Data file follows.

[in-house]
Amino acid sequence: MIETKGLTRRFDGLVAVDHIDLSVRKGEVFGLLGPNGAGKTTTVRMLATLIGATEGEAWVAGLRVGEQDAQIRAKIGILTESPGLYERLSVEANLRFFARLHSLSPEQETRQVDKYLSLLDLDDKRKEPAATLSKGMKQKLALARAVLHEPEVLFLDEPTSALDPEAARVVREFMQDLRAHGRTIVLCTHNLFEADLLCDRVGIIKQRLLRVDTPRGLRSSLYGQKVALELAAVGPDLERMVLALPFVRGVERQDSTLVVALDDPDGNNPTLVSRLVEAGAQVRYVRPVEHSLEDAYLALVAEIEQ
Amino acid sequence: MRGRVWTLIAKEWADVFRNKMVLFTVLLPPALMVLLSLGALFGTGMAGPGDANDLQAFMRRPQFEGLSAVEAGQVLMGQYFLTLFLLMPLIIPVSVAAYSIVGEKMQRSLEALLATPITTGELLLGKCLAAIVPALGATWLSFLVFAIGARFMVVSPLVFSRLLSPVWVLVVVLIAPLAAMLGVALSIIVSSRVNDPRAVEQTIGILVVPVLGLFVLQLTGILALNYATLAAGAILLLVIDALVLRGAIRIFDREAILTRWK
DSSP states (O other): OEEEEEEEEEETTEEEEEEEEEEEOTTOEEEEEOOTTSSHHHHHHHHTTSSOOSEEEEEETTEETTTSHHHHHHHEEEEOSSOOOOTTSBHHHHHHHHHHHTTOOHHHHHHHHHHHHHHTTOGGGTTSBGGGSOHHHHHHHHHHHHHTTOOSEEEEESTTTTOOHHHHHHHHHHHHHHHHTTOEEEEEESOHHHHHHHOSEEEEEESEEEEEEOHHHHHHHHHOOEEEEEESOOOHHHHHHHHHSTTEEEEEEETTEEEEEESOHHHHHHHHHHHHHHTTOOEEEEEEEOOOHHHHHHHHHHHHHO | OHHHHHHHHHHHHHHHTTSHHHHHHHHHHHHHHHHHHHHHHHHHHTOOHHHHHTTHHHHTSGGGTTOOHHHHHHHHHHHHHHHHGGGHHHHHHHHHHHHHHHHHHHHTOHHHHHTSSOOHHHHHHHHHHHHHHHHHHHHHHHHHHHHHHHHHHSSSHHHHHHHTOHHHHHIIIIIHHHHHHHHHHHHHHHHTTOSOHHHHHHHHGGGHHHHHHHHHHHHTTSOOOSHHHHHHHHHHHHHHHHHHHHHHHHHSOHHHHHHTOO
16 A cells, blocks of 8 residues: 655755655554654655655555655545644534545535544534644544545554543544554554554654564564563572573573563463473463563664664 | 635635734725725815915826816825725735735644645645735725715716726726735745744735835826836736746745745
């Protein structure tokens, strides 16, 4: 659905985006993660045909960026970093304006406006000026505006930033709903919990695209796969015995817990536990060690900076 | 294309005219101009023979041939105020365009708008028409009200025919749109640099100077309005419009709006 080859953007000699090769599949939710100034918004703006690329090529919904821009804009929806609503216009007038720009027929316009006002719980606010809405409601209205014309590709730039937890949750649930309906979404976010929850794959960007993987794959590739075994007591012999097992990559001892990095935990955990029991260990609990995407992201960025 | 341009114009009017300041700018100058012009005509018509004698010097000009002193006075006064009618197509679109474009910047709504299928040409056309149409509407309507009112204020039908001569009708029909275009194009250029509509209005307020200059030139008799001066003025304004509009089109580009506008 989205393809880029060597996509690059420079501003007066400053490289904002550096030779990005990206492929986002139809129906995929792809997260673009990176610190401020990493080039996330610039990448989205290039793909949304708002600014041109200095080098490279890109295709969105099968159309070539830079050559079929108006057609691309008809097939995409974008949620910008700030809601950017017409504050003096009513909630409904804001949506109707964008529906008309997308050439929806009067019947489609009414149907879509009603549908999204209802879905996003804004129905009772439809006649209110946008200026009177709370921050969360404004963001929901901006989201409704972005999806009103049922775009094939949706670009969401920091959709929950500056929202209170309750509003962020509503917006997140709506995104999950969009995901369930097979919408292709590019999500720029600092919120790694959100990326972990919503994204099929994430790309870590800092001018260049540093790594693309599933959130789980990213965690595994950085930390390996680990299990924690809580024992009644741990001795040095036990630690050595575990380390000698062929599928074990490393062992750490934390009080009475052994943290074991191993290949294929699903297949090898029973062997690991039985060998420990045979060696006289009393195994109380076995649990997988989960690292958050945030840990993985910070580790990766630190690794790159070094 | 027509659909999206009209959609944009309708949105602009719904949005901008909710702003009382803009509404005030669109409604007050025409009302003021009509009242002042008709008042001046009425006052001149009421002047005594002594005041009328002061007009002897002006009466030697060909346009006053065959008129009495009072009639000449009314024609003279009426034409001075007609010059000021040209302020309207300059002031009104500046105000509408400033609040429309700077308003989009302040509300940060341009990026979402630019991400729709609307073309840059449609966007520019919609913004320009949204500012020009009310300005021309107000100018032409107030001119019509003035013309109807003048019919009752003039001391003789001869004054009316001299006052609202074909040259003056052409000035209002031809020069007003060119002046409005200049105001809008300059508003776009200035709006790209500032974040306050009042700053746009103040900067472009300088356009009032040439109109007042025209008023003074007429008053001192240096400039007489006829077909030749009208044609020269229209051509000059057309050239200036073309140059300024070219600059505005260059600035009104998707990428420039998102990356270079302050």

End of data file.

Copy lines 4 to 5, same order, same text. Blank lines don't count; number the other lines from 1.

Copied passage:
DSSP states (O other): OEEEEEEEEEETTEEEEEEEEEEEOTTOEEEEEOOTTSSHHHHHHHHTTSSOOSEEEEEETTEETTTSHHHHHHHEEEEOSSOOOOTTSBHHHHHHHHHHHTTOOHHHHHHHHHHHHHHTTOGGGTTSBGGGSOHHHHHHHHHHHHHTTOOSEEEEESTTTTOOHHHHHHHHHHHHHHHHTTOEEEEEESOHHHHHHHOSEEEEEESEEEEEEOHHHHHHHHHOOEEEEEESOOOHHHHHHHHHSTTEEEEEEETTEEEEEESOHHHHHHHHHHHHHHTTOOEEEEEEEOOOHHHHHHHHHHHHHO | OHHHHHHHHHHHHHHHTTSHHHHHHHHHHHHHHHHHHHHHHHHHHTOOHHHHHTTHHHHTSGGGTTOOHHHHHHHHHHHHHHHHGGGHHHHHHHHHHHHHHHHHHHHTOHHHHHTSSOOHHHHHHHHHHHHHHHHHHHHHHHHHHHHHHHHHHSSSHHHHHHHTOHHHHHIIIIIHHHHHHHHHHHHHHHHTTOSOHHHHHHHHGGGHHHHHHHHHHHHTTSOOOSHHHHHHHHHHHHHHHHHHHHHHHHHSOHHHHHHTOO
16 A cells, blocks of 8 residues: 655755655554654655655555655545644534545535544534644544545554543544554554554654564564563572573573563463473463563664664 | 635635734725725815915826816825725735735644645645735725715716726726735745744735835826836736746745745